When he looked up the young man near the machine where steam lifted from hot milk looked up and gave Michael a flirtatious smile. He was very cute with his dark curls and big brown eyes. He gave Michael a nod, and gestured him closer with a dip of his head.
“Michael, right?” he asked when he reached the counter. “Grande skinny mocha, extra shot, no whip?”
Michael wasn’t surprised to find he knew his order; he got the same thing every morning. He also wasn’t particularly surprised he’d called him up to the counter. He’d checked Michael out head to toe the first day he’d worked behind the counter nearly six months before, and had been cruising him ever since.
“Yes.” Michael gestured toward the irritated people who had been in line in front of him. “But shouldn’t I – “
“What’re friends for?” The come-hither smile was back, and Michael decided to ignore the irked stares burning into his back. He’d take his perks where he could get them.
Five minutes later the barista handed him the white paper cup. Michael had seen him scribbling furiously on the side for several seconds with a black marker. He’d written ‘I’m Carlos’ and a phone number. Under that he’d drawn a heart with ‘be my Valentine’ inside of it. Michael managed, just, not to roll his eyes.
“Thanks,” he said weakly, dropping a dollar into the tip jar before leaving the store.
It was only February seventh, and he was already over Valentine’s Day. He hated the stupid holiday. A friend of his called it ‘Single’s Awareness Day’, and he’d laughed, but he agreed. He was single because he chose to be but to have hearts and flowers crammed down his throat every February fourteenth irritated the hell out of him. He sipped his coffee as he wove in and out of the active foot traffic, already knowing the cup with the come on was going into the trash can in his office as soon as he got there.
His cellphone buzzed in his pocket. He took it out, thumbing to his text screen with his free hand.
Good morning, handsome, the message read. How are you this beautiful morning?
He huffed, pausing next to a building, setting his coffee on a window ledge.
What do you want? He replied. I’m a busy man.
I can’t just send a cutie a good morning text?
A slight smile curled Michael’s lips up at the corners. He couldn’t help it. He was just glad the man texting him couldn’t see it.
Gilbert -- What. Do. You. Want.
He could almost imagine Gil lying on his bed, that snarky smile in place while he tried to compose a witty come back.
Fine, don’t let me flirt with you.
Please tell David I need those color chips for the Waterson’s today if I’m supposed to start painting the exterior next week.
Why don’t you tell David, Michael shot back. You have his number.
I think his phone must be off, because he isn’t responding. I’m guessing he and Jackson are making like bunnies. Besides, you are his assistant, aren’t you? Isn’t that where messages go?
Leave him a voice mail, Michael typed back. His fingers were beginning to ache in the cold; he’d never put his gloves back on.
They’d had this conversation before, but this time it seemed like Gil must’ve had the response already typed, because it popped up immediately.
But if I leave him a voice mail I don’t get to give you grief, now do I?
Michael huffed out an exasperated sigh. Piss off, Chandler. I have better things to do, and you’re going to make me late.
But I’m breaking you down, Michael. Admit it. You love me.
Michael thumbed off his phone in exasperation without responding, shoving it into his pocket. He grabbed his gloves, yanked them on then retrieved his coffee before resuming his commute down the sidewalk. He huffed, wrapping the cord for his ear buds around his hand before jamming it in his pocket, his temper simmering.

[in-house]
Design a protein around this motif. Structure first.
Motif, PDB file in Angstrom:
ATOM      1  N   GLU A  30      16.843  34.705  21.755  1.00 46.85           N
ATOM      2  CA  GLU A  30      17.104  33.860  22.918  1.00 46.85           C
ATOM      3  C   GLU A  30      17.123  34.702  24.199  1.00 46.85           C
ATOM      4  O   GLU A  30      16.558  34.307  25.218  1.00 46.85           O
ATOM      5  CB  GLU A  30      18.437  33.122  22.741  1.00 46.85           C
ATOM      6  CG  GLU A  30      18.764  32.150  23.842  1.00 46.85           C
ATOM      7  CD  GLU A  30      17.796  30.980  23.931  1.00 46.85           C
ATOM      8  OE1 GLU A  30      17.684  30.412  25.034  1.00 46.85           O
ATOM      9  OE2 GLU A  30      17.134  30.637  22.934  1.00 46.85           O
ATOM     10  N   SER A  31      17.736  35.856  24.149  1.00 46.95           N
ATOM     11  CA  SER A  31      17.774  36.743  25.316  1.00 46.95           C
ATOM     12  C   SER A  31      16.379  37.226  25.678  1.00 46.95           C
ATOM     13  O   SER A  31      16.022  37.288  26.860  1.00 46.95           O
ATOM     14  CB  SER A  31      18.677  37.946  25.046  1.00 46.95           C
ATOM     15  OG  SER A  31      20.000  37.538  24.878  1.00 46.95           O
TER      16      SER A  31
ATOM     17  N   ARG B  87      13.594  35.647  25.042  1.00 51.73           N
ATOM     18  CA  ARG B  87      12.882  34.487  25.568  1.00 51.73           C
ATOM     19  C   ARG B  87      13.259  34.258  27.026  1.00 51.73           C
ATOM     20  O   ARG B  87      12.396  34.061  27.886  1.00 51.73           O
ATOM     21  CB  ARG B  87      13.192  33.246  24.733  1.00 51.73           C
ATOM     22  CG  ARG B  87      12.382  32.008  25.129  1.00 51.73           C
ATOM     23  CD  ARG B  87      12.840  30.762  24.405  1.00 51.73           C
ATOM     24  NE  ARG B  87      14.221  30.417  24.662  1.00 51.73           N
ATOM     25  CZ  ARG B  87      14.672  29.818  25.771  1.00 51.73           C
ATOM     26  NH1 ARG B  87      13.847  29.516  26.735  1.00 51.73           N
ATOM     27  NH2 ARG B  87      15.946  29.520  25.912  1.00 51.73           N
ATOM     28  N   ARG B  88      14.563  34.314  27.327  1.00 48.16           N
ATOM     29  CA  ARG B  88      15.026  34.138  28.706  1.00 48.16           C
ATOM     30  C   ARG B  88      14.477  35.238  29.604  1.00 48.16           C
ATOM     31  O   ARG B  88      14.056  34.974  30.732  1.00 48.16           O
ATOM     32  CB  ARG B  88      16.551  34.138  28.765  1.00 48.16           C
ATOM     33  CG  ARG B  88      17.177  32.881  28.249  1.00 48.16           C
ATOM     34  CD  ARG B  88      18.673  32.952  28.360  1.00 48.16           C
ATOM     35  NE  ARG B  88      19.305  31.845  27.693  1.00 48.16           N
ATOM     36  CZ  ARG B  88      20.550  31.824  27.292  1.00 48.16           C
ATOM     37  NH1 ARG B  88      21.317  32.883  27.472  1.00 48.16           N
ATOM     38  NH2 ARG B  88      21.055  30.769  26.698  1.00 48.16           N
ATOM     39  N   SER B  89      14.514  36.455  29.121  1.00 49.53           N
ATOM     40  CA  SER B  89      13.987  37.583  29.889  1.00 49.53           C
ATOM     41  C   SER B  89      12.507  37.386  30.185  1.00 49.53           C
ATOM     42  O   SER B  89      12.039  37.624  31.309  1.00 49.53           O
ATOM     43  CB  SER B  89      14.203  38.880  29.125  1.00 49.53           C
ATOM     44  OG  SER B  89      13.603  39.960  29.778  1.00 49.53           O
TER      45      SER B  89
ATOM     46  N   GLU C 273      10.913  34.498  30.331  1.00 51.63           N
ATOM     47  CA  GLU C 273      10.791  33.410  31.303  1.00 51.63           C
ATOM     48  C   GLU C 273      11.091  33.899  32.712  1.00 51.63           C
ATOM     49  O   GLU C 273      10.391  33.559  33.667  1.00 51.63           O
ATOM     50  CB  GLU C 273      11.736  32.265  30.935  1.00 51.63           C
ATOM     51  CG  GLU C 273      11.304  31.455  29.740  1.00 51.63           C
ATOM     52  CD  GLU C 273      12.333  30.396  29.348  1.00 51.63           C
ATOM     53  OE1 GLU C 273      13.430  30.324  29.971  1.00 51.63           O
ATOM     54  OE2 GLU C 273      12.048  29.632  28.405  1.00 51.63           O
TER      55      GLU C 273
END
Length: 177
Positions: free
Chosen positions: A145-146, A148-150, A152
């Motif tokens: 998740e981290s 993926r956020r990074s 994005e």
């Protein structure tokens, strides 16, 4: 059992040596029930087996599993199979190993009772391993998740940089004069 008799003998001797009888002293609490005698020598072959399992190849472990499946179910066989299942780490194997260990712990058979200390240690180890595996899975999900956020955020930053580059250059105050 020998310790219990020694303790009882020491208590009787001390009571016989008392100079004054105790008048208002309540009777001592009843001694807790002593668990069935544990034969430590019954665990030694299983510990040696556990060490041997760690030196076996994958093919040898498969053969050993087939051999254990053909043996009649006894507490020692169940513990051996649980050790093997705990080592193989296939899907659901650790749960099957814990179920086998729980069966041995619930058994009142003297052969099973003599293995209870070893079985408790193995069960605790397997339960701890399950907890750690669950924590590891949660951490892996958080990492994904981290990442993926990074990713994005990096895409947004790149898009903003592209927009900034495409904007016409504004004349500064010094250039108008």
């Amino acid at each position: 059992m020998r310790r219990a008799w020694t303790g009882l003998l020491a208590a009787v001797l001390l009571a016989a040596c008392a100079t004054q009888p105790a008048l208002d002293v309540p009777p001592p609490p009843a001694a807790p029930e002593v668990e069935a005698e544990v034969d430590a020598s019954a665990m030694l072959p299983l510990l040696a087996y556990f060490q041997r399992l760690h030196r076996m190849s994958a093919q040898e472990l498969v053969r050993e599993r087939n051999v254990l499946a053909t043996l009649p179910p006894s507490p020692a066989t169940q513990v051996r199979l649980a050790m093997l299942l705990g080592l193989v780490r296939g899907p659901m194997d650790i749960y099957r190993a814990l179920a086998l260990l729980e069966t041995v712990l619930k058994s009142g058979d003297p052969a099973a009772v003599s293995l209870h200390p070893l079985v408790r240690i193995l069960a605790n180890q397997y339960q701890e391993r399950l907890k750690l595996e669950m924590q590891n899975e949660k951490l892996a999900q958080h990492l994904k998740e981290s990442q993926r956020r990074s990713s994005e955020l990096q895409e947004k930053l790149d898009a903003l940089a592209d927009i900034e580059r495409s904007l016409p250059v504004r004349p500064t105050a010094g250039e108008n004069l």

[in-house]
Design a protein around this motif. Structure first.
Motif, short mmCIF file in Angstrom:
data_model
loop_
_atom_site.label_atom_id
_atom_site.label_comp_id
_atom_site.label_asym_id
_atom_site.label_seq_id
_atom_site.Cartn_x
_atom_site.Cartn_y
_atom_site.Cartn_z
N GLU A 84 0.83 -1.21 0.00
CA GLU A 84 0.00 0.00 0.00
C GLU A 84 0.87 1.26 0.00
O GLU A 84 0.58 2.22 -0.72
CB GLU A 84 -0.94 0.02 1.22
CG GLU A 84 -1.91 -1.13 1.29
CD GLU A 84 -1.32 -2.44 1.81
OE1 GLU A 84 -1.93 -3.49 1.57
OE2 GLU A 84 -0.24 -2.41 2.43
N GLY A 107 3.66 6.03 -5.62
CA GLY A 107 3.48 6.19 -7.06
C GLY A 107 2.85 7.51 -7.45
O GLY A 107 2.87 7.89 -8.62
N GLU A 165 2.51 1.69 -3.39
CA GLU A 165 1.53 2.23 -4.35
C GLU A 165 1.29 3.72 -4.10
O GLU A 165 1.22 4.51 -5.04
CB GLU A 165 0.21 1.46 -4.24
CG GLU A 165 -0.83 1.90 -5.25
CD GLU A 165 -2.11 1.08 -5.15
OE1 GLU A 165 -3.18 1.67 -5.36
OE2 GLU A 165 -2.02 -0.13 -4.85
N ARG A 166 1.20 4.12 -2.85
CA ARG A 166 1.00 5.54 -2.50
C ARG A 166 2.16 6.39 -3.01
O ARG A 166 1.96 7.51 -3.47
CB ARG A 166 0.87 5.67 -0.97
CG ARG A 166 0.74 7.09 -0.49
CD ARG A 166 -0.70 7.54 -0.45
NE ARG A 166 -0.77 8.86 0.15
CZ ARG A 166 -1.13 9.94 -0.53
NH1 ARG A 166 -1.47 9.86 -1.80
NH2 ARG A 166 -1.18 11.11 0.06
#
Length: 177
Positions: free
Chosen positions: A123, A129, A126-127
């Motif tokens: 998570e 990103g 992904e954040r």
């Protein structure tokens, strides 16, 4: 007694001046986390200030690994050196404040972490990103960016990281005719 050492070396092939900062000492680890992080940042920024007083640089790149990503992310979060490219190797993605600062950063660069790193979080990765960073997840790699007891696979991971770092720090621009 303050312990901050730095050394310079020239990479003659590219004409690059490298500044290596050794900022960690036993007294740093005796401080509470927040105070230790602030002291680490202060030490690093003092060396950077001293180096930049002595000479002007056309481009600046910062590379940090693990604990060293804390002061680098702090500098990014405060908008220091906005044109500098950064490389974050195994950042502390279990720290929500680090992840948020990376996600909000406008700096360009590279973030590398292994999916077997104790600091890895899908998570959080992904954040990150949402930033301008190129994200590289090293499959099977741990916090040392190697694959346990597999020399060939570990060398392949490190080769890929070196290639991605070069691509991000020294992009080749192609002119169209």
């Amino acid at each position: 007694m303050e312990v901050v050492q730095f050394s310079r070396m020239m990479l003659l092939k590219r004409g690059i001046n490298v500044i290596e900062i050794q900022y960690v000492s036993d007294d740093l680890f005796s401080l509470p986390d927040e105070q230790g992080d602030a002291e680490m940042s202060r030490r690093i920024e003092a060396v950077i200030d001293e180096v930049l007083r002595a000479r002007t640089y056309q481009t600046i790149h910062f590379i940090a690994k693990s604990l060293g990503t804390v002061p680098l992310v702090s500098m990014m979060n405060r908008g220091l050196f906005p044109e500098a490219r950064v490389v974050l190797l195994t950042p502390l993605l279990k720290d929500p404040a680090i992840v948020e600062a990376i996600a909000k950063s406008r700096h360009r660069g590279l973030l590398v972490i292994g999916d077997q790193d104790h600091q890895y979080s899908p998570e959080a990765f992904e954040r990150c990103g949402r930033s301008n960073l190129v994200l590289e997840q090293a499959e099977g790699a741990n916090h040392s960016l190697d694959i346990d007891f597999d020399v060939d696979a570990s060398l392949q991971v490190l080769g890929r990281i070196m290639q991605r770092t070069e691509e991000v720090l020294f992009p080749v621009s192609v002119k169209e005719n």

The man infuriated him, poking at him on an almost daily basis. And Michael honestly wasn’t sure what to do about it.
He’d met Gilbert Chandler the day his best friend, David, bought an entire house full of beautiful mission style furniture from him. Gil’s dad had been diagnosed with Alzheimer’s so they’d moved him into assisted living, leaving Gil to sort out the details of his life. One of those details was the furniture, and David brought Michael along as ‘muscle’ on moving day. That had been a joke; Gil’s friends were all built along the lines of a mountain range and Michael, at five ten and a hundred and fifty pounds wringing wet, certainly wasn’t comparable. But for some reason Gil, six foot four and roped with muscle, Mr. Clean bald head gleaming in the sunlight, deep blue eyes shining and dimples popping by his mouth, had decided he wanted Michael.
Not just for a casual hook-up, either, which Michael might have actually been amenable to. Who didn’t want to climb all those muscles, feel those big arms close around him? He’d admit he wasn’t immune to the idea. But Gil didn’t want a one night stand. He was looking for happily ever after, and Michael most emphatically was not.
I hope you’ve enjoyed this glimpse into Michael, Reinvented. Go to the Dreamspinner Press home page and register, (just click on the little person icon and it will take you right to the right spot) then leave a comment on this post for a chance to win the first book in the series, David, Renewed!
More about the author:
Diana Copland began writing in the seventh grade, when she shamelessly combined elements of Jane Eyre and Dark Shadows to produce an overwrought Gothic tale that earned her an A- in creative writing, thanks entirely to the generosity of an indulgent teacher. She wrote for pure enjoyment for the next three decades before discovering LiveJournal and a wonderful group of supportive fanfiction writers who encouraged her to try her hand at original gay fiction. Born and raised in southern California, Diana moved to the Pacific Northwest after losing a beloved spouse to AIDS in 1995. She lives in eastern Washington with four horribly spoiled cats, near her two wonderful adult children who swear she doesn't embarrass them. She thinks they're so cute.
Promotional materials provided by the author.